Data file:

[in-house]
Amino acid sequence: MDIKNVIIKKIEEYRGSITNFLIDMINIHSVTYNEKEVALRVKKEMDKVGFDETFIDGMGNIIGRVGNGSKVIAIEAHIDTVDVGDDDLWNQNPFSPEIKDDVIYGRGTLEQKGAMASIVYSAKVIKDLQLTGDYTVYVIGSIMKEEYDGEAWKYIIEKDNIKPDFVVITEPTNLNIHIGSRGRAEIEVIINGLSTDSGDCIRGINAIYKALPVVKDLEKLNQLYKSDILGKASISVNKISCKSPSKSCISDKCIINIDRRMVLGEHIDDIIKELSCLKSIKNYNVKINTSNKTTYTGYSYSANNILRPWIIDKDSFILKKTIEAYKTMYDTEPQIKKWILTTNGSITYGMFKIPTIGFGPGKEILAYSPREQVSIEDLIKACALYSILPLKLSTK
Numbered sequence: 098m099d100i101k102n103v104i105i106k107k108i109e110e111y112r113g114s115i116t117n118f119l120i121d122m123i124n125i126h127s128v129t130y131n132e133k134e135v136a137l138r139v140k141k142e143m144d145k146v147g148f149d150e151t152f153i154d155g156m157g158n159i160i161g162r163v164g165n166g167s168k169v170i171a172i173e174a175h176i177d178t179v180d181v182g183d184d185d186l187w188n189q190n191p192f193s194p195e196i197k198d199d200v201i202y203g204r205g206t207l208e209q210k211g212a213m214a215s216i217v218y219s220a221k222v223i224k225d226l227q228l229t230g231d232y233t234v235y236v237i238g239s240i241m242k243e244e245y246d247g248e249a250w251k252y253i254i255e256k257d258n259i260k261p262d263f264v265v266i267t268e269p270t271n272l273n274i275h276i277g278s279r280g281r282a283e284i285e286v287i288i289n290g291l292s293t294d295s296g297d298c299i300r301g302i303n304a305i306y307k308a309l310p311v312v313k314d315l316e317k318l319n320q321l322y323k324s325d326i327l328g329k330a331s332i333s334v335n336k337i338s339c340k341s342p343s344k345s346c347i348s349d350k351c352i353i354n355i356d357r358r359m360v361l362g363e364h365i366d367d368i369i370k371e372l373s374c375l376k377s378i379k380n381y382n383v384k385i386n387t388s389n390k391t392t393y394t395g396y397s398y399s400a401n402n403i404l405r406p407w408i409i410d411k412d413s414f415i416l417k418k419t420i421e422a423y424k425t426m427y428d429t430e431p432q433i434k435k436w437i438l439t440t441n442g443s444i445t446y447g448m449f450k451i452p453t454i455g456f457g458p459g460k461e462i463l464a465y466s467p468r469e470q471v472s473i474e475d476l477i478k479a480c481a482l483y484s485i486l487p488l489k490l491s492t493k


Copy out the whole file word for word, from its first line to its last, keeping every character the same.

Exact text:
[in-house]
Amino acid sequence: MDIKNVIIKKIEEYRGSITNFLIDMINIHSVTYNEKEVALRVKKEMDKVGFDETFIDGMGNIIGRVGNGSKVIAIEAHIDTVDVGDDDLWNQNPFSPEIKDDVIYGRGTLEQKGAMASIVYSAKVIKDLQLTGDYTVYVIGSIMKEEYDGEAWKYIIEKDNIKPDFVVITEPTNLNIHIGSRGRAEIEVIINGLSTDSGDCIRGINAIYKALPVVKDLEKLNQLYKSDILGKASISVNKISCKSPSKSCISDKCIINIDRRMVLGEHIDDIIKELSCLKSIKNYNVKINTSNKTTYTGYSYSANNILRPWIIDKDSFILKKTIEAYKTMYDTEPQIKKWILTTNGSITYGMFKIPTIGFGPGKEILAYSPREQVSIEDLIKACALYSILPLKLSTK
Numbered sequence: 098m099d100i101k102n103v104i105i106k107k108i109e110e111y112r113g114s115i116t117n118f119l120i121d122m123i124n125i126h127s128v129t130y131n132e133k134e135v136a137l138r139v140k141k142e143m144d145k146v147g148f149d150e151t152f153i154d155g156m157g158n159i160i161g162r163v164g165n166g167s168k169v170i171a172i173e174a175h176i177d178t179v180d181v182g183d184d185d186l187w188n189q190n191p192f193s194p195e196i197k198d199d200v201i202y203g204r205g206t207l208e209q210k211g212a213m214a215s216i217v218y219s220a221k222v223i224k225d226l227q228l229t230g231d232y233t234v235y236v237i238g239s240i241m242k243e244e245y246d247g248e249a250w251k252y253i254i255e256k257d258n259i260k261p262d263f264v265v266i267t268e269p270t271n272l273n274i275h276i277g278s279r280g281r282a283e284i285e286v287i288i289n290g291l292s293t294d295s296g297d298c299i300r301g302i303n304a305i306y307k308a309l310p311v312v313k314d315l316e317k318l319n320q321l322y323k324s325d326i327l328g329k330a331s332i333s334v335n336k337i338s339c340k341s342p343s344k345s346c347i348s349d350k351c352i353i354n355i356d357r358r359m360v361l362g363e364h365i366d367d368i369i370k371e372l373s374c375l376k377s378i379k380n381y382n383v384k385i386n387t388s389n390k391t392t393y394t395g396y397s398y399s400a401n402n403i404l405r406p407w408i409i410d411k412d413s414f415i416l417k418k419t420i421e422a423y424k425t426m427y428d429t430e431p432q433i434k435k436w437i438l439t440t441n442g443s444i445t446y447g448m449f450k451i452p453t454i455g456f457g458p459g460k461e462i463l464a465y466s467p468r469e470q471v472s473i474e475d476l477i478k479a480c481a482l483y484s485i486l487p488l489k490l491s492t493k